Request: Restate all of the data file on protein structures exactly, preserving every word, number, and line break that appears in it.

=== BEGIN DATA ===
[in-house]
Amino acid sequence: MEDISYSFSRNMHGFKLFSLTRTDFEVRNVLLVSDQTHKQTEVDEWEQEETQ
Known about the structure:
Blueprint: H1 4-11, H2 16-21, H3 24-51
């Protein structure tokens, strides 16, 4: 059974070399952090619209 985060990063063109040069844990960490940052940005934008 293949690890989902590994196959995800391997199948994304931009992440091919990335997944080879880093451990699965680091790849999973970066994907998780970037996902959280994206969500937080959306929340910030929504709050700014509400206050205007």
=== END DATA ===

[in-house]
Amino acid sequence: MEDISYSFSRNMHGFKLFSLTRTDFEVRNVLLVSDQTHKQTEVDEWEQEETQ
Known about the structure:
Blueprint: H1 4-11, H2 16-21, H3 24-51
């Protein structure tokens, strides 16, 4: 059974070399952090619209 985060990063063109040069844990960490940052940005934008 293949690890989902590994196959995800391997199948994304931009992440091919990335997944080879880093451990699965680091790849999973970066994907998780970037996902959280994206969500937080959306929340910030929504709050700014509400206050205007």